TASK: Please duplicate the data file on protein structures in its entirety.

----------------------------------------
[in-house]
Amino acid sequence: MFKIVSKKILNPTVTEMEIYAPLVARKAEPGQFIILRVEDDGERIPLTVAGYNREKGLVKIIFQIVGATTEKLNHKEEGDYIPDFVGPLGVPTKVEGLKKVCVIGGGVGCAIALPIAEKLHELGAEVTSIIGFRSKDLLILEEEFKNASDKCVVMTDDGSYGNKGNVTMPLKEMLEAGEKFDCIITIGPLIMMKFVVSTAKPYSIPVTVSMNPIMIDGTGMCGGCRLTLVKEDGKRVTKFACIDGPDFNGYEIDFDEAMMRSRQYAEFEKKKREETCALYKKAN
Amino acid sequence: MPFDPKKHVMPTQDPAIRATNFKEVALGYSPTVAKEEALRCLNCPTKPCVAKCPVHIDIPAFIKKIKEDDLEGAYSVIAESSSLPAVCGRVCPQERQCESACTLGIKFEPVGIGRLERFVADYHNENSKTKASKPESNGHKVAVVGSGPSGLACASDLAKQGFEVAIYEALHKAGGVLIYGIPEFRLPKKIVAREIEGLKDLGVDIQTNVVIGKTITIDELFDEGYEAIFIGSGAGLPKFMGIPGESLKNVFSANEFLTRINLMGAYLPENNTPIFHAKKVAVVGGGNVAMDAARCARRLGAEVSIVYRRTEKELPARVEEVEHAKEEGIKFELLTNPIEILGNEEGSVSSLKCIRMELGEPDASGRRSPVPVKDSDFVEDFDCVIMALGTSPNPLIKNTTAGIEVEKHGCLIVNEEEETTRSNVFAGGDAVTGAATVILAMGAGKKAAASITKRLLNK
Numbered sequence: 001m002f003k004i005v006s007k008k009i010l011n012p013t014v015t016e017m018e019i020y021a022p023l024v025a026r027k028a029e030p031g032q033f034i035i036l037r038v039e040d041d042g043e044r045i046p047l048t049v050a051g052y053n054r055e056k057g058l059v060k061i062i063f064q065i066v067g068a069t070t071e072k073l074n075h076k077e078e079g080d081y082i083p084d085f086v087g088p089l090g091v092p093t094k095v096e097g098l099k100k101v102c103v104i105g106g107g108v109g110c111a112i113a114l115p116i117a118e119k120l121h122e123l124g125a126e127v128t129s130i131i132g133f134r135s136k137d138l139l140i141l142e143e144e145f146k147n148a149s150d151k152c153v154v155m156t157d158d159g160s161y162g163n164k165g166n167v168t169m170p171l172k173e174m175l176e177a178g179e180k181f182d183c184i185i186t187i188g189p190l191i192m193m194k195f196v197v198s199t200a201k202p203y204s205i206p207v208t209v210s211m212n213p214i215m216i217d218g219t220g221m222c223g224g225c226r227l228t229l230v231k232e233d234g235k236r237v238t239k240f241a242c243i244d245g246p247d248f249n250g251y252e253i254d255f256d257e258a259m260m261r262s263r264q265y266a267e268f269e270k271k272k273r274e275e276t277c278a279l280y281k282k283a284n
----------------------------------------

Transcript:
[in-house]
Amino acid sequence: MFKIVSKKILNPTVTEMEIYAPLVARKAEPGQFIILRVEDDGERIPLTVAGYNREKGLVKIIFQIVGATTEKLNHKEEGDYIPDFVGPLGVPTKVEGLKKVCVIGGGVGCAIALPIAEKLHELGAEVTSIIGFRSKDLLILEEEFKNASDKCVVMTDDGSYGNKGNVTMPLKEMLEAGEKFDCIITIGPLIMMKFVVSTAKPYSIPVTVSMNPIMIDGTGMCGGCRLTLVKEDGKRVTKFACIDGPDFNGYEIDFDEAMMRSRQYAEFEKKKREETCALYKKAN
Amino acid sequence: MPFDPKKHVMPTQDPAIRATNFKEVALGYSPTVAKEEALRCLNCPTKPCVAKCPVHIDIPAFIKKIKEDDLEGAYSVIAESSSLPAVCGRVCPQERQCESACTLGIKFEPVGIGRLERFVADYHNENSKTKASKPESNGHKVAVVGSGPSGLACASDLAKQGFEVAIYEALHKAGGVLIYGIPEFRLPKKIVAREIEGLKDLGVDIQTNVVIGKTITIDELFDEGYEAIFIGSGAGLPKFMGIPGESLKNVFSANEFLTRINLMGAYLPENNTPIFHAKKVAVVGGGNVAMDAARCARRLGAEVSIVYRRTEKELPARVEEVEHAKEEGIKFELLTNPIEILGNEEGSVSSLKCIRMELGEPDASGRRSPVPVKDSDFVEDFDCVIMALGTSPNPLIKNTTAGIEVEKHGCLIVNEEEETTRSNVFAGGDAVTGAATVILAMGAGKKAAASITKRLLNK
Numbered sequence: 001m002f003k004i005v006s007k008k009i010l011n012p013t014v015t016e017m018e019i020y021a022p023l024v025a026r027k028a029e030p031g032q033f034i035i036l037r038v039e040d041d042g043e044r045i046p047l048t049v050a051g052y053n054r055e056k057g058l059v060k061i062i063f064q065i066v067g068a069t070t071e072k073l074n075h076k077e078e079g080d081y082i083p084d085f086v087g088p089l090g091v092p093t094k095v096e097g098l099k100k101v102c103v104i105g106g107g108v109g110c111a112i113a114l115p116i117a118e119k120l121h122e123l124g125a126e127v128t129s130i131i132g133f134r135s136k137d138l139l140i141l142e143e144e145f146k147n148a149s150d151k152c153v154v155m156t157d158d159g160s161y162g163n164k165g166n167v168t169m170p171l172k173e174m175l176e177a178g179e180k181f182d183c184i185i186t187i188g189p190l191i192m193m194k195f196v197v198s199t200a201k202p203y204s205i206p207v208t209v210s211m212n213p214i215m216i217d218g219t220g221m222c223g224g225c226r227l228t229l230v231k232e233d234g235k236r237v238t239k240f241a242c243i244d245g246p247d248f249n250g251y252e253i254d255f256d257e258a259m260m261r262s263r264q265y266a267e268f269e270k271k272k273r274e275e276t277c278a279l280y281k282k283a284n